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Juno Obedin-Maliver, MD, MPH, MAS

Patricia A. Robertson, MD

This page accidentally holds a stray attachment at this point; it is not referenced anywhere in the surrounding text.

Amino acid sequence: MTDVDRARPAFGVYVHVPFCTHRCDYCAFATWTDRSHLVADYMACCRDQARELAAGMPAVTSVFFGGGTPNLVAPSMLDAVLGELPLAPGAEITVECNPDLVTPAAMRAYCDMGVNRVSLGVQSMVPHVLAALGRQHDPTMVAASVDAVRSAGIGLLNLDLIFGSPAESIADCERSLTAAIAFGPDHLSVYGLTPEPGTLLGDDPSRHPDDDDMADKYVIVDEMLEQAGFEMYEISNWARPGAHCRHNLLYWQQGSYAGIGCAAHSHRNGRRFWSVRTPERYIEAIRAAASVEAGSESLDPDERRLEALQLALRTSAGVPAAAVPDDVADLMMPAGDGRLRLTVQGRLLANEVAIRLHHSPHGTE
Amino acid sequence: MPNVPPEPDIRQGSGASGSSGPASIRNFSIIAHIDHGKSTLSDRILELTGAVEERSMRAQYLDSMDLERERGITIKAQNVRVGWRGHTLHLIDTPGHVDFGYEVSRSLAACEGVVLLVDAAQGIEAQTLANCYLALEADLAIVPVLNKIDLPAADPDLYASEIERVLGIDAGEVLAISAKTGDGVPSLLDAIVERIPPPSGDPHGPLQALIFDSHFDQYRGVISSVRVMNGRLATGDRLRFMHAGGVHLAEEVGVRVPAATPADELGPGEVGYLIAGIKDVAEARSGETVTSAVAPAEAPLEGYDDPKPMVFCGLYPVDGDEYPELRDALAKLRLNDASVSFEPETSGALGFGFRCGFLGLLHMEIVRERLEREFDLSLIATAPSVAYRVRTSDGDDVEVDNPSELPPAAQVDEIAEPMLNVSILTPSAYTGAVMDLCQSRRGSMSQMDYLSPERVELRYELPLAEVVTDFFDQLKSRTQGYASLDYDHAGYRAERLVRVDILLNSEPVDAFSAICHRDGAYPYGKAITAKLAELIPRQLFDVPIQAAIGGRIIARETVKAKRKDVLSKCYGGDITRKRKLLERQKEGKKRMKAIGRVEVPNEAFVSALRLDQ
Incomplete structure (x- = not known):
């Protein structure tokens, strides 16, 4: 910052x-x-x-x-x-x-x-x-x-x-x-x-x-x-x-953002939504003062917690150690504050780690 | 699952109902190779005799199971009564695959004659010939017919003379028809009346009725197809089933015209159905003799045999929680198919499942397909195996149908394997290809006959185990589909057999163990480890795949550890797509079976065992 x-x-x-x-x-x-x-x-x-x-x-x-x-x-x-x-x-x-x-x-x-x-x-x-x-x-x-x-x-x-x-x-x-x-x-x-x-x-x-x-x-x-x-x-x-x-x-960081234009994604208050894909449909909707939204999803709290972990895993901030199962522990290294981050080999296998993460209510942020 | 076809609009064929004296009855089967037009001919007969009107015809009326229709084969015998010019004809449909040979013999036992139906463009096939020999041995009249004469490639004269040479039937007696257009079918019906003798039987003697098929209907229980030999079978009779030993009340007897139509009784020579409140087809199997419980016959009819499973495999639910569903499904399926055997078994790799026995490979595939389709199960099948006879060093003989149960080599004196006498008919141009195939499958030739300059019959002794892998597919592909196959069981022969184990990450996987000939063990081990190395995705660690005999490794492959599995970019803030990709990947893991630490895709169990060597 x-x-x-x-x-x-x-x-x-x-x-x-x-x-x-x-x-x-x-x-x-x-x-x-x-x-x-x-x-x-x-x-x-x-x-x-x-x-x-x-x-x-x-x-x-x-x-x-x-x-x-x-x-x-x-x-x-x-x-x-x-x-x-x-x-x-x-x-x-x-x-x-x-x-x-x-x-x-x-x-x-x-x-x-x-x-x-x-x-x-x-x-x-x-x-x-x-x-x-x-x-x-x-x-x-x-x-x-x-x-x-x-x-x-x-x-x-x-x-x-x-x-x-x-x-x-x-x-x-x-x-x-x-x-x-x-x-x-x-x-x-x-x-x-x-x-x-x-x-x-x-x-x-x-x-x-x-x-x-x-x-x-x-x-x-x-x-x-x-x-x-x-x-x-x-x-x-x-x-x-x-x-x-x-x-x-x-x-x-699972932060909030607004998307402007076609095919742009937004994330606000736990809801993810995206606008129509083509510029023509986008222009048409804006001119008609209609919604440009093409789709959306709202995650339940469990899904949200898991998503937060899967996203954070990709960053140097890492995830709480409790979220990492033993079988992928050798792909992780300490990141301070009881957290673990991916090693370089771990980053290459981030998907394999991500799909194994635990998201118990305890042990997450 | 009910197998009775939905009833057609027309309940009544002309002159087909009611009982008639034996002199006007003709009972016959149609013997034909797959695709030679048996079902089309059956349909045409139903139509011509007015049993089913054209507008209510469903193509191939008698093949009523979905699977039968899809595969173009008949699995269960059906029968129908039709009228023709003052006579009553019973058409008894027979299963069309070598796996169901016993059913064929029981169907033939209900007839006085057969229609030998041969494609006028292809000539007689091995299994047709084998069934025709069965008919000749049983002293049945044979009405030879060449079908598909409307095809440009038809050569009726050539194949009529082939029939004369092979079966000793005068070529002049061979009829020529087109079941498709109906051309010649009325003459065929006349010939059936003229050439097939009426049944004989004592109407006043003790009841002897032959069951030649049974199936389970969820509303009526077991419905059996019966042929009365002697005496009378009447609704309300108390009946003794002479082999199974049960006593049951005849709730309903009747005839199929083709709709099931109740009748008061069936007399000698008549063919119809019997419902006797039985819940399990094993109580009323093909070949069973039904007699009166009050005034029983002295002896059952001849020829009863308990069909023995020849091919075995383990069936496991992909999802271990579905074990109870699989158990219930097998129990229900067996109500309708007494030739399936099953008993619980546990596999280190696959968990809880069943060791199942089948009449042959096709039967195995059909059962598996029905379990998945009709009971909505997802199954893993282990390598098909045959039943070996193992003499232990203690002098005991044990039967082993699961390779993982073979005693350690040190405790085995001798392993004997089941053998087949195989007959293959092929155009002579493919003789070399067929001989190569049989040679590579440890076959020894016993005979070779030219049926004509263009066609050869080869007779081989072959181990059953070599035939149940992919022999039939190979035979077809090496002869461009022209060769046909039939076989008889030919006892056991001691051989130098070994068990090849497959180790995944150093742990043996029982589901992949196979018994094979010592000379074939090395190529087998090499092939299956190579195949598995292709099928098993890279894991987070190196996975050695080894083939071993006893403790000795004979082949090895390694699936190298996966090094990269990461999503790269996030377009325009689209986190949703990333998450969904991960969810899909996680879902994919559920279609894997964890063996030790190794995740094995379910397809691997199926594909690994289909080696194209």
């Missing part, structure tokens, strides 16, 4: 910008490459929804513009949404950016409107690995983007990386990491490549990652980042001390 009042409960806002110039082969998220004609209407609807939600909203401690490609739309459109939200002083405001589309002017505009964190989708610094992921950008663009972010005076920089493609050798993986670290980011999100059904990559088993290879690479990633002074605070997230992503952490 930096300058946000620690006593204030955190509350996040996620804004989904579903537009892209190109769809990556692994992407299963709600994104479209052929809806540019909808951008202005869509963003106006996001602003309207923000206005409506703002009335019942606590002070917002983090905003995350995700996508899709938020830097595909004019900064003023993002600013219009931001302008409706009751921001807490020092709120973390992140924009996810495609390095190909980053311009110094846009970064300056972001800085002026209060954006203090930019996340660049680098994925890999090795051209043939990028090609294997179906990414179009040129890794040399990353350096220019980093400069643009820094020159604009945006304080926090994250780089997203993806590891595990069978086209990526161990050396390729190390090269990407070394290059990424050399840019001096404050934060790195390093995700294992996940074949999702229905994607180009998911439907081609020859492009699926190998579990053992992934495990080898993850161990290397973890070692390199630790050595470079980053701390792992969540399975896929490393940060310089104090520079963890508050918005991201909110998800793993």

Comprising roughly 4% of adult women in the United States, lesbian and bisexual women are considered a medically underserved population in the United States by the National Academy of Medicine. Furthermore, since 2016, lesbian and bisexual women—as sexual minorities—are considered a health disparity population by the US National Institutes of Health. Professional medical organizations, such as the American College of Physicians, have published position papers to educate and make recommendations on achieving equity for lesbian, gay, bisexual, and transgender (LGBT) individuals in the health care system. Barriers to care include both personal and structural. Personal barriers may include the patient’s experience of disrespectful behavior and discrimination by health care providers and staff members and feeling threatened or experiencing a refusal of treatment due to sexual orientation, which may cause delay or avoidance of care. Structural barriers may include social stigma and even abject violence, financial challenges caused by decreased prevalence of insurance coverage (eg, many employers do not provide same-sex partner benefits), and the lack of trained providers to care for lesbian and bisexual women. Even when lesbian and bisexual women do seek medical care, it may not be appropriately targeted to the unique issues of this underserved population and therefore less effective. In the United States, women in same-sex couples are less likely to get nonurgent medical care when needed, see a specialist, and feel that doctors spent enough time with them. Lesbian and bisexual women in the United States are also less likely to have primary care providers. A study in Lebanon noted that significantly more sexual minority women reported having trouble accessing health care than heterosexual women, and a meta-analysis of southern African countries outlined the unique health challenges faced by sexual minority women, including social exclusion and invisibility, criminalization, and systematic homophobic sexual assault. There is a lack of systematic medical knowledge, however, about the care and understanding of lesbian and bisexual women. The World Health Organization (WHO) recognized this dificiency, stating that the limitation in available data “points to the fact that LGBT people often experience poorer health outcomes than the general population and face barriers to health care that profoundly affect their overall health and well-being.”

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